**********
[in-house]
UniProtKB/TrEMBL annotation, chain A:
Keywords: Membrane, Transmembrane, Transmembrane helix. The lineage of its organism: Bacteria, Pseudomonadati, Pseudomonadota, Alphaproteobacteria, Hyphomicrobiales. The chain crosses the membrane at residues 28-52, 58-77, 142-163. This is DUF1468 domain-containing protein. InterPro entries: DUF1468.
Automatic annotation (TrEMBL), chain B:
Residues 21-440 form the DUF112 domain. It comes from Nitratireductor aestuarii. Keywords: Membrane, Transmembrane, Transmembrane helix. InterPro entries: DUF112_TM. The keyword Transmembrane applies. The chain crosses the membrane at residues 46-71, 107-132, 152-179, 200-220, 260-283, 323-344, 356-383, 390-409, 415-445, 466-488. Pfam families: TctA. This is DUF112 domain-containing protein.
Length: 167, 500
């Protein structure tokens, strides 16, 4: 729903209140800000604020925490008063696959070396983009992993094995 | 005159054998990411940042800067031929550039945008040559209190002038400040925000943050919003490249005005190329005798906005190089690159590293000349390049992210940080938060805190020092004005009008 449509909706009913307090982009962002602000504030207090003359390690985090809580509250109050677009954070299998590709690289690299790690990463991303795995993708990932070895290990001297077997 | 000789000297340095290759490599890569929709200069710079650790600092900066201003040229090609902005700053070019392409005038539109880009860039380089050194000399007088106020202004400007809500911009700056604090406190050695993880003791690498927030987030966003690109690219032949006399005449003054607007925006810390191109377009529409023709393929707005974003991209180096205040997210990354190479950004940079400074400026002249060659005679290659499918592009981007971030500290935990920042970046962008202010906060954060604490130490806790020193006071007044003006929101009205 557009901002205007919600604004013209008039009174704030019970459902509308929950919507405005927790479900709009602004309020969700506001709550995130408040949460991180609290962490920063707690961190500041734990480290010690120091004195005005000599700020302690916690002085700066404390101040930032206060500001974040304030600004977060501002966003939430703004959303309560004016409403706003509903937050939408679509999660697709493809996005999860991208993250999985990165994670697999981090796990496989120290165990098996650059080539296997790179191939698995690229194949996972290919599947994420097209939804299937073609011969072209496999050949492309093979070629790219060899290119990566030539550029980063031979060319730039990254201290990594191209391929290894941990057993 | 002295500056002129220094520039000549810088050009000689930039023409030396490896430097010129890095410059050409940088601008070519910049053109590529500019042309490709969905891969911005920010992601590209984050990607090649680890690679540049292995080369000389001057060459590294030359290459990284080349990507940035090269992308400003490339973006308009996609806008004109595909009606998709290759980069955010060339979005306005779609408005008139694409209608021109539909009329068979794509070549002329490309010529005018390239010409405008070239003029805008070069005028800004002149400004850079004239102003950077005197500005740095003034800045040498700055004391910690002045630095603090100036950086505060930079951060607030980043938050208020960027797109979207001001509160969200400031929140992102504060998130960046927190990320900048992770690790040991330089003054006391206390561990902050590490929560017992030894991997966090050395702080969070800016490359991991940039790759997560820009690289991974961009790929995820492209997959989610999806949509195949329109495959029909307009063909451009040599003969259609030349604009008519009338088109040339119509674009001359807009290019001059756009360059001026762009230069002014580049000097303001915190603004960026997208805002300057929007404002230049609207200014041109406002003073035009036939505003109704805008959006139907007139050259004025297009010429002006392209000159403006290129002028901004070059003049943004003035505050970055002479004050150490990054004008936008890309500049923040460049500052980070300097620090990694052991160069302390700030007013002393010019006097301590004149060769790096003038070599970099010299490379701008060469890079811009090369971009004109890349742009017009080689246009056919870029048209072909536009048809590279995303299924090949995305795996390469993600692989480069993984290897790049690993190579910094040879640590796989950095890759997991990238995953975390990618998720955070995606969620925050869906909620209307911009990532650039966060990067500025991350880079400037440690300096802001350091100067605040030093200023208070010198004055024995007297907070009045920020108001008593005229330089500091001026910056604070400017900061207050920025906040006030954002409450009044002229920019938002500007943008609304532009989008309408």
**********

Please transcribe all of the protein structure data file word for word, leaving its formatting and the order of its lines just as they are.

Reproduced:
[in-house]
UniProtKB/TrEMBL annotation, chain A:
Keywords: Membrane, Transmembrane, Transmembrane helix. The lineage of its organism: Bacteria, Pseudomonadati, Pseudomonadota, Alphaproteobacteria, Hyphomicrobiales. The chain crosses the membrane at residues 28-52, 58-77, 142-163. This is DUF1468 domain-containing protein. InterPro entries: DUF1468.
Automatic annotation (TrEMBL), chain B:
Residues 21-440 form the DUF112 domain. It comes from Nitratireductor aestuarii. Keywords: Membrane, Transmembrane, Transmembrane helix. InterPro entries: DUF112_TM. The keyword Transmembrane applies. The chain crosses the membrane at residues 46-71, 107-132, 152-179, 200-220, 260-283, 323-344, 356-383, 390-409, 415-445, 466-488. Pfam families: TctA. This is DUF112 domain-containing protein.
Length: 167, 500
């Protein structure tokens, strides 16, 4: 729903209140800000604020925490008063696959070396983009992993094995 | 005159054998990411940042800067031929550039945008040559209190002038400040925000943050919003490249005005190329005798906005190089690159590293000349390049992210940080938060805190020092004005009008 449509909706009913307090982009962002602000504030207090003359390690985090809580509250109050677009954070299998590709690289690299790690990463991303795995993708990932070895290990001297077997 | 000789000297340095290759490599890569929709200069710079650790600092900066201003040229090609902005700053070019392409005038539109880009860039380089050194000399007088106020202004400007809500911009700056604090406190050695993880003791690498927030987030966003690109690219032949006399005449003054607007925006810390191109377009529409023709393929707005974003991209180096205040997210990354190479950004940079400074400026002249060659005679290659499918592009981007971030500290935990920042970046962008202010906060954060604490130490806790020193006071007044003006929101009205 557009901002205007919600604004013209008039009174704030019970459902509308929950919507405005927790479900709009602004309020969700506001709550995130408040949460991180609290962490920063707690961190500041734990480290010690120091004195005005000599700020302690916690002085700066404390101040930032206060500001974040304030600004977060501002966003939430703004959303309560004016409403706003509903937050939408679509999660697709493809996005999860991208993250999985990165994670697999981090796990496989120290165990098996650059080539296997790179191939698995690229194949996972290919599947994420097209939804299937073609011969072209496999050949492309093979070629790219060899290119990566030539550029980063031979060319730039990254201290990594191209391929290894941990057993 | 002295500056002129220094520039000549810088050009000689930039023409030396490896430097010129890095410059050409940088601008070519910049053109590529500019042309490709969905891969911005920010992601590209984050990607090649680890690679540049292995080369000389001057060459590294030359290459990284080349990507940035090269992308400003490339973006308009996609806008004109595909009606998709290759980069955010060339979005306005779609408005008139694409209608021109539909009329068979794509070549002329490309010529005018390239010409405008070239003029805008070069005028800004002149400004850079004239102003950077005197500005740095003034800045040498700055004391910690002045630095603090100036950086505060930079951060607030980043938050208020960027797109979207001001509160969200400031929140992102504060998130960046927190990320900048992770690790040991330089003054006391206390561990902050590490929560017992030894991997966090050395702080969070800016490359991991940039790759997560820009690289991974961009790929995820492209997959989610999806949509195949329109495959029909307009063909451009040599003969259609030349604009008519009338088109040339119509674009001359807009290019001059756009360059001026762009230069002014580049000097303001915190603004960026997208805002300057929007404002230049609207200014041109406002003073035009036939505003109704805008959006139907007139050259004025297009010429002006392209000159403006290129002028901004070059003049943004003035505050970055002479004050150490990054004008936008890309500049923040460049500052980070300097620090990694052991160069302390700030007013002393010019006097301590004149060769790096003038070599970099010299490379701008060469890079811009090369971009004109890349742009017009080689246009056919870029048209072909536009048809590279995303299924090949995305795996390469993600692989480069993984290897790049690993190579910094040879640590796989950095890759997991990238995953975390990618998720955070995606969620925050869906909620209307911009990532650039966060990067500025991350880079400037440690300096802001350091100067605040030093200023208070010198004055024995007297907070009045920020108001008593005229330089500091001026910056604070400017900061207050920025906040006030954002409450009044002229920019938002500007943008609304532009989008309408």